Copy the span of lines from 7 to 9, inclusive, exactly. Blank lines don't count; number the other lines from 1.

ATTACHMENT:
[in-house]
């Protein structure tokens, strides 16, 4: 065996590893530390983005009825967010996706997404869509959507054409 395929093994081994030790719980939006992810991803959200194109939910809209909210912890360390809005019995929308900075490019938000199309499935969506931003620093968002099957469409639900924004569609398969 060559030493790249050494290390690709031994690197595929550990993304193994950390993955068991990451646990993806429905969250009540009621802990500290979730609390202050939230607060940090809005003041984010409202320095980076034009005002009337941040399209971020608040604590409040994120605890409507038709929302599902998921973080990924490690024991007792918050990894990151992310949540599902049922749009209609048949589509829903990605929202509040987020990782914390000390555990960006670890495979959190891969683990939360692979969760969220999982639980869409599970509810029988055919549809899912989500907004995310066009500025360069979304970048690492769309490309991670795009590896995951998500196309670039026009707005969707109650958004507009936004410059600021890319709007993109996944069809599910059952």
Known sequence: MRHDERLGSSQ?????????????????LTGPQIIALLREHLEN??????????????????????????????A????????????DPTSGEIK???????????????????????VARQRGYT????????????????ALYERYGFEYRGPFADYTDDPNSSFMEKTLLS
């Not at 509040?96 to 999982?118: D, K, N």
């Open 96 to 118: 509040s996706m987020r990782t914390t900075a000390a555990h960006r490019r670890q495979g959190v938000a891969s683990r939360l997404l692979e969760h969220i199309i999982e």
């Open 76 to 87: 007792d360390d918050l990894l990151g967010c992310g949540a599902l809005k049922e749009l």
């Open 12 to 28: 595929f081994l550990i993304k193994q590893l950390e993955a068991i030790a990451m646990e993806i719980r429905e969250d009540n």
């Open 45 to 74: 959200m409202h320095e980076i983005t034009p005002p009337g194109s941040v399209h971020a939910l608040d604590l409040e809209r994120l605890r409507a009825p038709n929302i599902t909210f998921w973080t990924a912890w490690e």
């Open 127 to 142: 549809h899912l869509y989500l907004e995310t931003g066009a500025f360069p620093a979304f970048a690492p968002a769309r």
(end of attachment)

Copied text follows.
């Open 12 to 28: 595929f081994l550990i993304k193994q590893l950390e993955a068991i030790a990451m646990e993806i719980r429905e969250d009540n």
């Open 45 to 74: 959200m409202h320095e980076i983005t034009p005002p009337g194109s941040v399209h971020a939910l608040d604590l409040e809209r994120l605890r409507a009825p038709n929302i599902t909210f998921w973080t990924a912890w490690e």
């Open 127 to 142: 549809h899912l869509y989500l907004e995310t931003g066009a500025f360069p620093a979304f970048a690492p968002a769309r």